Eleusine indica yard grass; goose grass Poaceae ELIN*; Bx, br, cn, ht, pb, sf, sn, vc, wv; NY, bl, ct, hb, mn; Q, f, ft, j, lk; K; R, c, cs, hs, is, lc, se, sm;

Eleusine indica.Bobby Hattaway.www.discoverlife.org

Eleusine indica.Bobby Hattaway. Discover Life. www.discoverlife.org. (Accessed 5/2014).

Eleusine indica is a summer annual, C4 grass (Downton 1971), from fibrous roots; stems flattened, usually in a mat-like rosette, spreading to sometimes upright, 30-60 cm long, branched from base; sheaths flattened, whitish, hairy on margins, with a tuft of hairs on either side at top; ligule membranous, 0.1-0.2 cm, split down center. 

Eleusine indica stem and leaf sheaths. By Joseph DiTomaso. Copyright © 2018 CC BY-NC 3.0.  www.bugwood.org

Eleusine indica stem and leaf sheaths. By Joseph DiTomaso. Copyright © 2018 CC BY-NC 3.0. www.bugwood.org (Accessed 4/2018).

Leaves rather wide, coarse, 5-20 cm long, 0.3-0.6 cm wide, folded along midrib, smooth, base of blade white around ligule. 

Flower spikes, 4-10 cm long, 0.5 cm wide, with fine, regularly toothed, zipper-like profile, spikelets several flowered, flat, in 2 rows (zipper teeth) along one side of rachis; spikelets crowded, about 0.5 cm long, 3-6 flowered; inflorescence of 2-8 one-sided, flattened spikes, radiating from top of inflorescence stalk; blooms July-Sept.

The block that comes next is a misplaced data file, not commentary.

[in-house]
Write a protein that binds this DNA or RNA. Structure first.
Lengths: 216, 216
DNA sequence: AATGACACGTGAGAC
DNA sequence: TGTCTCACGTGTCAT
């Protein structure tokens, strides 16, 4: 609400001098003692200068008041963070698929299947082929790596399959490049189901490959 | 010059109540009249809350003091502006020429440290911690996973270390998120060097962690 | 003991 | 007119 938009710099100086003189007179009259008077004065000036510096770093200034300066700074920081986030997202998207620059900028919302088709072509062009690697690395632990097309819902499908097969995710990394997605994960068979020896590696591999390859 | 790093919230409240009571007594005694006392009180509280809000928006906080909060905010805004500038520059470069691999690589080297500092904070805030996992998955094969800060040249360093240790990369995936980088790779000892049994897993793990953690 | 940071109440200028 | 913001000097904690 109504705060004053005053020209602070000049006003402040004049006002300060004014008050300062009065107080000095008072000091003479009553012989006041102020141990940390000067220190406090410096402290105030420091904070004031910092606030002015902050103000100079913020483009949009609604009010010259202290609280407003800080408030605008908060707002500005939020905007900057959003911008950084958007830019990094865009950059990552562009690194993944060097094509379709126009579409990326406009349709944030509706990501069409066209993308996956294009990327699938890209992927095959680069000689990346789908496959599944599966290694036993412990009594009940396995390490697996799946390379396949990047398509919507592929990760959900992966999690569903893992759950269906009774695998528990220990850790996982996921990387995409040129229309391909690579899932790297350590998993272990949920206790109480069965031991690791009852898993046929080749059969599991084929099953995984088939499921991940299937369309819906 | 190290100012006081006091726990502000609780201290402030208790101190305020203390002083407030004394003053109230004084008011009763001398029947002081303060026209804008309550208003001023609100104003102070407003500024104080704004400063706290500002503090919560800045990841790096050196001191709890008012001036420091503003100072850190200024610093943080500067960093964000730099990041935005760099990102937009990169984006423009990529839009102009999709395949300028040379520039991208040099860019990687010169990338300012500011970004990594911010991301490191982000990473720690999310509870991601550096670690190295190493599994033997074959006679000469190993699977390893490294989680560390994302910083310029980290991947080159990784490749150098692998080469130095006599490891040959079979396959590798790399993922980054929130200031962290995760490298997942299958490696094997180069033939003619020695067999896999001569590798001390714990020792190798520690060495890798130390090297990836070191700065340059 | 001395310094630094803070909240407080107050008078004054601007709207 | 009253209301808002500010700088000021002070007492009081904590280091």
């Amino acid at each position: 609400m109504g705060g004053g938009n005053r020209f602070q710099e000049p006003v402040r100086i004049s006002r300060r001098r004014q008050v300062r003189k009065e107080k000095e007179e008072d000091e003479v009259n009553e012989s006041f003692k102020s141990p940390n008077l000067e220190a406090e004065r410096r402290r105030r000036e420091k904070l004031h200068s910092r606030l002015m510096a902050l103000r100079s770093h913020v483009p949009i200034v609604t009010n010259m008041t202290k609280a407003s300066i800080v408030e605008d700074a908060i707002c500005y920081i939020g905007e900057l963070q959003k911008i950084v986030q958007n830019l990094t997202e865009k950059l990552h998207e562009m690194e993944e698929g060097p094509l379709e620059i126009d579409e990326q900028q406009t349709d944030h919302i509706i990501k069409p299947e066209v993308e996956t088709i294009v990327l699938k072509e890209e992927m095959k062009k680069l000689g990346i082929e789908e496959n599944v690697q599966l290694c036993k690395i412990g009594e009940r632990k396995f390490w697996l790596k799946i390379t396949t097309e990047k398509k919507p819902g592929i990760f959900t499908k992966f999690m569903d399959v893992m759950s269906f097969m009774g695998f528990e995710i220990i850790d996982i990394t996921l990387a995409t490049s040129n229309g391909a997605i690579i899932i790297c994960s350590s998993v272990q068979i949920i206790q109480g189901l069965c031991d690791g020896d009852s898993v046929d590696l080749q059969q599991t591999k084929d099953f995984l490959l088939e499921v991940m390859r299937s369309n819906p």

Eleusine indica inflorescence branches. Photo by Pancrazio Campagna. Luirig Altervista. luirig.a;tervista.org

Eleusine indica inflorescence branches. Photo by Pancrazio Campagna. Luirig Altervista. luirig.a;tervista.org (Accessed 4/2018).

Fruit dry 1-seeded. Fruiting inflorescence persistent into winter.

Wetland status: FACU-.

Frequency in NYC: Frequent.

Eleusine indica spikelet labeled. By Anna Gardner. Copyright © 2018.  Ada Hayden Herbarium - Iowa State U. New England Wild Flower Society. gobotany.newenglandwild.org

Eleusine indica spikelet labeled. By Anna Gardner. Copyright © 2018. Ada Hayden Herbarium – Iowa State U. New England Wild Flower Society. gobotany.newenglandwild.org (Accessed 4/2018).

Origin: Old-world, now pan-tropical.

Habitat: Ubiquitous summer weed on any open, disturbed soil, sidewalk cracks, around street trees, curbs, edges of lots, vacant areas.

Notes: Soon shaded out in undisturbed habitats. Tolerant of mowing, drought, and soil compaction (Uva et al. 1997). Intolerant of shade. Appearing similar to Digitalis sp. but leaves of Eindica strongly folded along midrib.